Rating: 3 stars out of 5
Long ago the god Cai was torn from the mortal woman he loved by Death and his fellow gods refused to let them reunite. In a rage born of loss and pain, Cai cursed a city and watched his curse doom generation after generation of humans who live on a mountainside made almost inhabitable by Cai’s curse.
Perched on a mountaintop surrounded by a frigid swamp, the rain never stops in the cursed city of Var Eldore. Here a former pleasure slave Myr lives in hiding, trying to stay a step ahead of his captor. But Myr is far more than he realizes, and fate has other plans for him. Reunited with his mate Ryall and their daughter Quinn, Myr and his family gathers together a group of disenchanted soldiers, spies, nobles, and wizards to oppose the king and all he stands for. This includes certain nobles and their houses who perpetuate slavery Myr and his following intend to fight for the freedom of their land. As they uncover secrets and conspiracies, each more tangled than the last, Myr also discovers he has unique abilities to aid their cause—the Redeemers.
As the strength of the Redeemers grows, so does the number of enemies they must face. Each member of their alliance has his or her own demons to battle, and Myr must confront the truth about himself and become the leader they need. Alongside his lover Ryall and the people who have become his family—as well as some unlikely friends—Myr and the Redeemers must prepare for war. If they fall, the city in the rain will follow.
I fell in love with Missouri Dalton when I discovered her Guidebook series (a must read that included Necromancy and You) as well as her Night Wars (The Hanged Man’s Ghost..)series. Both are exceptional supernatural series which can always be found high on my Recommendations lists. So I was thrilled to see a new story from Dalton from Dreamspinner Press and gobbled it up with a certain amount of anticipation and glee. But what I found didn’t live up to my high expectations for this author and book blurb.
What was amazing about The Curse on the Mountain was Missouri Dalton’s world building. From the vengeful god Cai to the denizens of Var Eldore, Dalton brings alive a city dark, icy cold and constantly wet from the endless rains and snow. Life is perilous unless you are weathy and on the right side of the King. For those who are poor, out of favor and just unfortunate enough to block someone’s ambitions or path to power, well, then death would be favored over the imprisonment, slavery or torture that follows. The author’s descriptions can give the reader a good case of the shivers based on the people and places that appear in her narrative.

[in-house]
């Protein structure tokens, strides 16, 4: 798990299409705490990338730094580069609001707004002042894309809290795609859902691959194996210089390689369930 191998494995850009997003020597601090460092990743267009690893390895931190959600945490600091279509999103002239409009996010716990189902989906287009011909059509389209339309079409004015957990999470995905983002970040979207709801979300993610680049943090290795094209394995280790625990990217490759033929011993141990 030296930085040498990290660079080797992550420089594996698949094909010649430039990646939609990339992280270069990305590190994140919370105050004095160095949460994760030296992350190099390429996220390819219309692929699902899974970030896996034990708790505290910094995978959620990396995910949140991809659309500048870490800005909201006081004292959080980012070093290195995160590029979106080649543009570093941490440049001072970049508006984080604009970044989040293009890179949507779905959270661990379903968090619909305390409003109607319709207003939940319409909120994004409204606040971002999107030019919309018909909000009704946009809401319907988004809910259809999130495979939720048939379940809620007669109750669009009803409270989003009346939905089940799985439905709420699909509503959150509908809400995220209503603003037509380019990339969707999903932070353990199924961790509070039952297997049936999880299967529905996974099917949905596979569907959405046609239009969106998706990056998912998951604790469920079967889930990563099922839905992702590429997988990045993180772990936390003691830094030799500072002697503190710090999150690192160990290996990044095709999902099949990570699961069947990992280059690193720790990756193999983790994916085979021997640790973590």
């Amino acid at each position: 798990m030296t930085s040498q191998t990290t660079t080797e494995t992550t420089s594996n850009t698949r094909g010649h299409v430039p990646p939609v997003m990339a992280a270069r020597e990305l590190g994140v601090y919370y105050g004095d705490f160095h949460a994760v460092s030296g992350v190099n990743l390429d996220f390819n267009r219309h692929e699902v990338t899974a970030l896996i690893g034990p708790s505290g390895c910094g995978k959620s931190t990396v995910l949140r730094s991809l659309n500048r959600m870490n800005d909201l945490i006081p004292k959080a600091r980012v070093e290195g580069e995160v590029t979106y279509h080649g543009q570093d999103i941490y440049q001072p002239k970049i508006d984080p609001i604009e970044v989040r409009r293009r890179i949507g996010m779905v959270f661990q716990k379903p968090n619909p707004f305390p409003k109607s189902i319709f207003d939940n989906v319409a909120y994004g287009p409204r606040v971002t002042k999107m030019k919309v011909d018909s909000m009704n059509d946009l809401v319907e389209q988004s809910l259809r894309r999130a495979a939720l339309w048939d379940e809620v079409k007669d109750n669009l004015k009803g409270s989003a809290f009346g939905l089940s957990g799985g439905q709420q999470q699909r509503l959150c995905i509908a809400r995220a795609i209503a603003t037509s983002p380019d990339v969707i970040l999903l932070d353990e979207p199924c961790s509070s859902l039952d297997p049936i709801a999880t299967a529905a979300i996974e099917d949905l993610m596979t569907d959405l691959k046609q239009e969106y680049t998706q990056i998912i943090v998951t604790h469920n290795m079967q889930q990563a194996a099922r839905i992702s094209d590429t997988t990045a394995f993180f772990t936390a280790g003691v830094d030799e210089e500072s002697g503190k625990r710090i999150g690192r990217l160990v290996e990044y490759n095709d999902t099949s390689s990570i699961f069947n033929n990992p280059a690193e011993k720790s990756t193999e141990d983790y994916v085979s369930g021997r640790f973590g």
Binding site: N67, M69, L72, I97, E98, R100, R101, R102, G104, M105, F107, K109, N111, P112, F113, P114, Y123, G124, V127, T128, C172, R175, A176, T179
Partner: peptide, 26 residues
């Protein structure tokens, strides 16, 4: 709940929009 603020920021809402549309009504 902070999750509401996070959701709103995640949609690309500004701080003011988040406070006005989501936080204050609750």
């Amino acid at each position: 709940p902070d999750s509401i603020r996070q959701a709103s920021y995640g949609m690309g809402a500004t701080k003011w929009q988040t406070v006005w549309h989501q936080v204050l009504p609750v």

Even Dalton’s characters hold out such promise for a suspenseful and rich story. Myr, Ryall, and fierce adopted daugher Quinn are terrifically realized people and I would have loved to have seen a story that truly focused in on them, their past history, their love and fight for freedom. Had that happened this would have been a different review.
But instead, Dalton starts piling on more characters, more relationships (old and new) as well as couples who meet, come together, mate, part so quickly that they mimic the life of a mayfly. Here and gone in a blink of a moment. Or if they reappear, its as sudden and short lived as their first appearance. Relationships and people age in a flash as time moves swiftly by as the Redeemers rebellion gains in power and strength and then we flash back to the past and prior events. And along with that ever changing time line the author gives us side stories with Cai, foul supporters of the King, evil creatures, back to Myr and Ryall, past and present, all starts to cram together until it has all the density of a 10 year old fruit cake. Yo can tell it is comprised of many different elements you would enjoy but it’s become so dense and unwieldy that it has become inedible. For me, that’s The Curse on the Mountain.
Dalton just piled on too many characters, plot threads, and elements that all get lost amidst the jumble of timelines, storylines, and relationships that keep folding back on each other. Even if you start to get a glimmer of feeling and interest in certain beings and events, the focus moves away to another part of the story and the power of those characters is lost. It makes it nigh to impossible to feel a connection to any of these people and their situations and the frustrations build as the reader tries to make sense of some of the events and happenings that occur…some threads I never did untangle in my mind. I mean I just take a look at my notes on the story and after a while all I see is a list of names and places and question marks. It’s never a good sign when you feel you should have to storyboard a novel to make sense of it all. Sigh.
Still because of the promise of the world building, the terrific mythology Dalton creates and the largess of the scope of her story, The Curse on the Mountain deserves a 3 star rating. If you are a Missouri Dalton fan, you might want to pick this up and enjoy the elements I have talked about. But if you are new to this author, I would recommend you start with her other series that I mentioned above. They are marvelously addicting and will give you a true taste of this author’s many talents as a storyteller and her wonderful writing skills. Just thinking about those stories prompts me to pull them up on my Kindle again.
Cover art by Paul Richmond. Loved this glorious cover, from its design to the colors used, it works on every level.
ebook, 214 pages, also available in paperback
Published December 29th 2014 by Dreamspinner Press